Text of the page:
There’s now a fourth way to earn the Snow Sports merit badge

snow sports merit badge

Put on a heavy coat and head to the nearest patch of fresh powder.

As of Jan. 1, 2016, there’s now a fourth way to earn the Snow Sports merit badge. Snowshoeing joins downhill skiing, cross-country skiing and snowboarding as options for earning this elective merit badge.

The new requirements, which you can see here, took effect on Jan. 1, 2016. Scouts who started work on the Snow Sports merit badge before Jan. 1, 2016, may continue working using the previous requirements.

The update to the Snow Sports merit badge is indicative of the BSA’s commitment to improving its crop of 136 existing merit badges. I’ve already blogged about the changes to the Eagle-required Cooking merit badge for 2016 and beyond.

In future posts I’ll blog about changes to the Photography merit badge and the Lifesaving merit badge, but you can see those new requirements right now right here.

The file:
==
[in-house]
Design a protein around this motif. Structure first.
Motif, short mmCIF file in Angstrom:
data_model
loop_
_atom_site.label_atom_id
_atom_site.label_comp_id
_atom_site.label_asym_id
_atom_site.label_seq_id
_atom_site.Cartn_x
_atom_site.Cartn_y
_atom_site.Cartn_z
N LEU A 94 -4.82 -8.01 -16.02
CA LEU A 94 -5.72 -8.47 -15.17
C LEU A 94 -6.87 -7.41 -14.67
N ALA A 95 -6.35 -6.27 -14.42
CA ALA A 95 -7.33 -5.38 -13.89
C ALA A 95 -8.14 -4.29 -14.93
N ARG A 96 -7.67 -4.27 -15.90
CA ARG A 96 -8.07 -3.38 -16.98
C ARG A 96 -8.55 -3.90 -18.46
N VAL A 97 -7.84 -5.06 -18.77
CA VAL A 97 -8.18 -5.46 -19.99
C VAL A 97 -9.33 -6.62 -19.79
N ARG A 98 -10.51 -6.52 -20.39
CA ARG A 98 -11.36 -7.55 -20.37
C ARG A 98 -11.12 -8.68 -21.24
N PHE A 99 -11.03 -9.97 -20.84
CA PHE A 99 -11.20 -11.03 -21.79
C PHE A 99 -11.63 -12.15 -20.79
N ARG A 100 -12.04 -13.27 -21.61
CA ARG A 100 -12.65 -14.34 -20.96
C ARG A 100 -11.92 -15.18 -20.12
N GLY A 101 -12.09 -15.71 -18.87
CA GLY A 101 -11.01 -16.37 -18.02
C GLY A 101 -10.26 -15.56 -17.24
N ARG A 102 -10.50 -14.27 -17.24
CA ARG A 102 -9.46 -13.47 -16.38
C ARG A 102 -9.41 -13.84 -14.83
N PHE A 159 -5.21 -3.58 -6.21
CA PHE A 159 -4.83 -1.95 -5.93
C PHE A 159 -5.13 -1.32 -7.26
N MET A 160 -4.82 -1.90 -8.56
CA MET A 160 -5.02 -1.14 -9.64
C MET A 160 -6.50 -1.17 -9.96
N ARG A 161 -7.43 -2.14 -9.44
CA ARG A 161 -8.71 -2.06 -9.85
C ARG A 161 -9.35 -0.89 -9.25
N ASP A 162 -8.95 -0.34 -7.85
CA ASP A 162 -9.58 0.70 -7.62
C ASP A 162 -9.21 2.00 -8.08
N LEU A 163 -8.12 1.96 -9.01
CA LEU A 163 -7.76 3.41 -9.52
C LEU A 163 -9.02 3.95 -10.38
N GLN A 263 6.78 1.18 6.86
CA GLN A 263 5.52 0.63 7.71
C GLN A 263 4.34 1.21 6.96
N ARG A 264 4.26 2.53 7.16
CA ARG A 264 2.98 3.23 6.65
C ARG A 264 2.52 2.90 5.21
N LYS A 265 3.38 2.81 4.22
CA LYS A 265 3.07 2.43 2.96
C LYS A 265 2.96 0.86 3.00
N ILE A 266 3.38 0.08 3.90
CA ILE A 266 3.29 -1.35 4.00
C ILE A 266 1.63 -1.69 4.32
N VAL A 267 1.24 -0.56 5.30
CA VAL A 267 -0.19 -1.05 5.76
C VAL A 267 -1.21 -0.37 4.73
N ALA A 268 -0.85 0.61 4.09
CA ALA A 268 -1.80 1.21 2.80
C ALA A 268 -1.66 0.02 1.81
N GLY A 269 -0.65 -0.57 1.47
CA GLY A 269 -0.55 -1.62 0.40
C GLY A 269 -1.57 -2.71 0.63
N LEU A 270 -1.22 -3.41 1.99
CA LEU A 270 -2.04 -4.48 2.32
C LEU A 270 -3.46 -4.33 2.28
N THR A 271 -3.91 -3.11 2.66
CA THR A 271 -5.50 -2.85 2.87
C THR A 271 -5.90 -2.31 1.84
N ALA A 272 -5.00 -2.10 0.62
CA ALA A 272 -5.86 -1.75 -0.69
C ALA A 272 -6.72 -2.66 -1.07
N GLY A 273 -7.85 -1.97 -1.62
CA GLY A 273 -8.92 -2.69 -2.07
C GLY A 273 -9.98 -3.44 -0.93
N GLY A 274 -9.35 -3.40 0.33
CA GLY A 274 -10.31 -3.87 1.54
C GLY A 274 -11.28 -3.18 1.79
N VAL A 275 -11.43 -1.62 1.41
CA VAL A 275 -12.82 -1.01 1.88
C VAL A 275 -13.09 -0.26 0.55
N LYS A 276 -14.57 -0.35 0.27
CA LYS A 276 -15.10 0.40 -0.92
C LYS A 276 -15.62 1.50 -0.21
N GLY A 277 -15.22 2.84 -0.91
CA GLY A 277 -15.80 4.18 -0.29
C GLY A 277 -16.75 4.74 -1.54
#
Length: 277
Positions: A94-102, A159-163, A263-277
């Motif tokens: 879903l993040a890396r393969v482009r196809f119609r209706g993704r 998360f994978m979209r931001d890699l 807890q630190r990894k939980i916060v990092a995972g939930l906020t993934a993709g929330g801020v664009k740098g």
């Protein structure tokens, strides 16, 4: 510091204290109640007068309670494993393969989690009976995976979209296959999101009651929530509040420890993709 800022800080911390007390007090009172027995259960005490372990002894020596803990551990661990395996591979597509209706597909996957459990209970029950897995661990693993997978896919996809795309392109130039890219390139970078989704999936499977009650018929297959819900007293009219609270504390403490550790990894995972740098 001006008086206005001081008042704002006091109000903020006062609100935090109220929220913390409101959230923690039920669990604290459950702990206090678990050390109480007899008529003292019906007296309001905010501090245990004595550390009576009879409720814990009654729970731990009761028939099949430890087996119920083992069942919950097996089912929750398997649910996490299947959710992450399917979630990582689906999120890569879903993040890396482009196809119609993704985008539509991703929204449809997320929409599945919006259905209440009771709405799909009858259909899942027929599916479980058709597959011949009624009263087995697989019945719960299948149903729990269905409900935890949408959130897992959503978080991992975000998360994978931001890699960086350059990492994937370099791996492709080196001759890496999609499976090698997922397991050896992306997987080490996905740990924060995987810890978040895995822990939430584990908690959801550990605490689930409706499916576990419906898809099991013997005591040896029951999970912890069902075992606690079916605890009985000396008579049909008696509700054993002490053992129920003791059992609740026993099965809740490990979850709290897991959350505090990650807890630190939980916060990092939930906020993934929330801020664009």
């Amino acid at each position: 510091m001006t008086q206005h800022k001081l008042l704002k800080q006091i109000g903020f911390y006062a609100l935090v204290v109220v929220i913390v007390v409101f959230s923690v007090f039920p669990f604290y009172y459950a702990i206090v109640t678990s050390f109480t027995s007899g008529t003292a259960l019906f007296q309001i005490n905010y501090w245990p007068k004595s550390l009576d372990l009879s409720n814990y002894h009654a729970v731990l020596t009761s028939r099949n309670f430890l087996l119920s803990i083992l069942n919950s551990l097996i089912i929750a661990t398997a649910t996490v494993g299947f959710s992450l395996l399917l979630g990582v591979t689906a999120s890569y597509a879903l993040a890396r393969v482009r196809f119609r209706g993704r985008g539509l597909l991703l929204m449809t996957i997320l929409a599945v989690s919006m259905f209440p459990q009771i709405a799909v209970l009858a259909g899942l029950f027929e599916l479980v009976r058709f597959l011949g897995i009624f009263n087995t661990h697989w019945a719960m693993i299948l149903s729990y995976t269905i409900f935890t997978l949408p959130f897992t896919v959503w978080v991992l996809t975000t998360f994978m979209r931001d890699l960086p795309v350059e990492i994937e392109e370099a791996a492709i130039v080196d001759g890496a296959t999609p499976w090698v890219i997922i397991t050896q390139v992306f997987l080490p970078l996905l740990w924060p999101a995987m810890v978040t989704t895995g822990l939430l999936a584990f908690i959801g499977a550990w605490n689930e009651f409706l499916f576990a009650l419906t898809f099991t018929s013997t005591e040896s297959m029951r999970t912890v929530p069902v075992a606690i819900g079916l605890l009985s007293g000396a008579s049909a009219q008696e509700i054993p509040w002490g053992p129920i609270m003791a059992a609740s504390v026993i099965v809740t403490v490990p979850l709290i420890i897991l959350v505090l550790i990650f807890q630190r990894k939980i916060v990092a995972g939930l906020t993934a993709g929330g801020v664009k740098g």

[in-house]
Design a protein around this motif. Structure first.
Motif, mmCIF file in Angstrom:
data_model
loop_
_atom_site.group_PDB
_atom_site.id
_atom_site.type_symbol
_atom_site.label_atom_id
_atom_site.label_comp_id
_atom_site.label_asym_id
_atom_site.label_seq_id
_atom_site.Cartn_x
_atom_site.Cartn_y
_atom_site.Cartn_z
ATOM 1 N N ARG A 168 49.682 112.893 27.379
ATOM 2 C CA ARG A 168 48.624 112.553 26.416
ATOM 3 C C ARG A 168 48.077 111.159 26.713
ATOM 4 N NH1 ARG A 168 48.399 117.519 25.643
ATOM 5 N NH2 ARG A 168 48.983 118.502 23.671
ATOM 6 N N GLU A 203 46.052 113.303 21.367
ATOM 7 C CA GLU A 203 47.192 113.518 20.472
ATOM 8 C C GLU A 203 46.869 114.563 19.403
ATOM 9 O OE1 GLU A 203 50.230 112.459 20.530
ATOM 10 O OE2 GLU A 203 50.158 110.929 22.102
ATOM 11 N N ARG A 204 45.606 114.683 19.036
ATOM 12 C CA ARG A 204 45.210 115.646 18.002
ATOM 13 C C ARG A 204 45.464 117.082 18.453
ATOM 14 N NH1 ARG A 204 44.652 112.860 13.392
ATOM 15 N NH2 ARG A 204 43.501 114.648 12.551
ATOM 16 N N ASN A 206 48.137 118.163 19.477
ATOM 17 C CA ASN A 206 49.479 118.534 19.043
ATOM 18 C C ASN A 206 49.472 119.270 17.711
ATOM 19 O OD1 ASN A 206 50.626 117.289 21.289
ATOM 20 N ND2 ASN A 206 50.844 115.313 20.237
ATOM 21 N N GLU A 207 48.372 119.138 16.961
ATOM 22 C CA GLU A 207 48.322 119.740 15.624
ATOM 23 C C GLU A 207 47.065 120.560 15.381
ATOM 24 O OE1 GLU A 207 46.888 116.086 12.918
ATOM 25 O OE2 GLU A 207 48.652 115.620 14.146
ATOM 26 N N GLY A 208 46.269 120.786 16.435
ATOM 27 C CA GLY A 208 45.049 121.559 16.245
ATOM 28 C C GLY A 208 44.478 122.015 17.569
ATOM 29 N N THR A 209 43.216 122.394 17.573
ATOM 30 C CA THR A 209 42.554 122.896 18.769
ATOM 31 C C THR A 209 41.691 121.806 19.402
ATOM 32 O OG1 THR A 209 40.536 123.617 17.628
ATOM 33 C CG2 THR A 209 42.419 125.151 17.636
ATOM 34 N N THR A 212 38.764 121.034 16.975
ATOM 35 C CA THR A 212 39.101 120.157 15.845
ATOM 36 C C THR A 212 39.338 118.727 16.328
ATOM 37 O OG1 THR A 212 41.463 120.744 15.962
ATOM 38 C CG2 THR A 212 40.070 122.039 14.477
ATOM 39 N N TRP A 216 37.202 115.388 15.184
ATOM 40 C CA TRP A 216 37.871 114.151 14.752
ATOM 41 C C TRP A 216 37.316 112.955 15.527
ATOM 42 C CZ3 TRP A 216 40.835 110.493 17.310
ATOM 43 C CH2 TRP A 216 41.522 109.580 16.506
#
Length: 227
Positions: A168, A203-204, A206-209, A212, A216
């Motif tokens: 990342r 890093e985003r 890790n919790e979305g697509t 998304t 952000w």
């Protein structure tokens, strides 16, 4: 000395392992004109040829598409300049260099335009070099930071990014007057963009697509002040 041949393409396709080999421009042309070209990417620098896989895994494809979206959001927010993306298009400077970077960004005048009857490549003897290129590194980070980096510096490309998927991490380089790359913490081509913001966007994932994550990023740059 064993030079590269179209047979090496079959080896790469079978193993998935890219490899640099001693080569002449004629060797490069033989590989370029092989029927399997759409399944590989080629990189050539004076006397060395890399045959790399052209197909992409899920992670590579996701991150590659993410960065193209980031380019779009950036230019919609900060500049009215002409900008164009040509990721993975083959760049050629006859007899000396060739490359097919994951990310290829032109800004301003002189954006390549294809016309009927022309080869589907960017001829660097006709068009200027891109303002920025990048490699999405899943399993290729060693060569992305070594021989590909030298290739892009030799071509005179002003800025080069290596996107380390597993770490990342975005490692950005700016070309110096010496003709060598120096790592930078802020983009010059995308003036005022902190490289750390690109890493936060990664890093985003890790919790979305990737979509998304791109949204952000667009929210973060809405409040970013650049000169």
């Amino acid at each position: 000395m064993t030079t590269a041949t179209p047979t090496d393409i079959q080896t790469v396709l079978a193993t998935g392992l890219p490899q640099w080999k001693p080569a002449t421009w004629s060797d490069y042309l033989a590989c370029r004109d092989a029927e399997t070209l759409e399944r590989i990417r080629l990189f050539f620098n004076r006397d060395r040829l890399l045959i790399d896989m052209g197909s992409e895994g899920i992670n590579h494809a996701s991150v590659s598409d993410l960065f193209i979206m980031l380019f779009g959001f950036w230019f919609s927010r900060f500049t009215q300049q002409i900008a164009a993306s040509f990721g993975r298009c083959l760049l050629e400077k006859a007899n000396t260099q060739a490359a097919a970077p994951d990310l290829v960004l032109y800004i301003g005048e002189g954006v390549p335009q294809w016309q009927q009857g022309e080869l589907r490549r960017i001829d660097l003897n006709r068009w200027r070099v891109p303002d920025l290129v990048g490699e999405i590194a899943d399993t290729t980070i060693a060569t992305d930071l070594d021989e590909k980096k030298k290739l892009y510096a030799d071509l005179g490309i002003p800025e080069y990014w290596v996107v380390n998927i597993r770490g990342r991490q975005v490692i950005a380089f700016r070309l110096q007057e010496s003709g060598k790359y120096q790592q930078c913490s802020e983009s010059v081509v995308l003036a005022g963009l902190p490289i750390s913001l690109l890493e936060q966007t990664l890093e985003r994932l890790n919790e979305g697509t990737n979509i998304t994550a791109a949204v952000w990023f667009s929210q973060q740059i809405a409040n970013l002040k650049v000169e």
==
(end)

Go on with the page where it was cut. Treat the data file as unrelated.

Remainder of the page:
How to earn the Snow Sports merit badge

After completing the first six requirements, Scouts complete requirement 7 on snowshoes, skis or snowboards. For snowshoeing, they must complete all of these requirements:

(a) Name the parts of a snowshoe.

(b) Explain how to choose the correct size of snowshoe.

(c) Describe the different types of snowshoes and their specialized uses. Discuss factors to consider when choosing a snowshoe.

(d) Explain how to properly care for and maintain snowshoes.

(e) Describe how to make an emergency snowshoe.

(f) Describe areas that are best for snowshoeing. Discuss some advantages and dangers of backcountry snowshoeing.

(g) Discuss the benefits of snowshoeing.

(h) Demonstrate the most efficient ways to break trail, climb uphill, travel downhill and traverse a slope.

(i) Take a two-mile snowshoe hike with a buddy or your troop.

(j) Demonstrate your ability, on a hike, to cope with an average variety of snow conditions.


  1. “As of Jan. 1, 2016…” So 41 days ago? Why are you just announcing this now? BSA should have promoted this prior to January 1st, not over a month after the fact! It seems (yet again) like one hand doesn’t know what the other is doing. Come on BSA, get it together!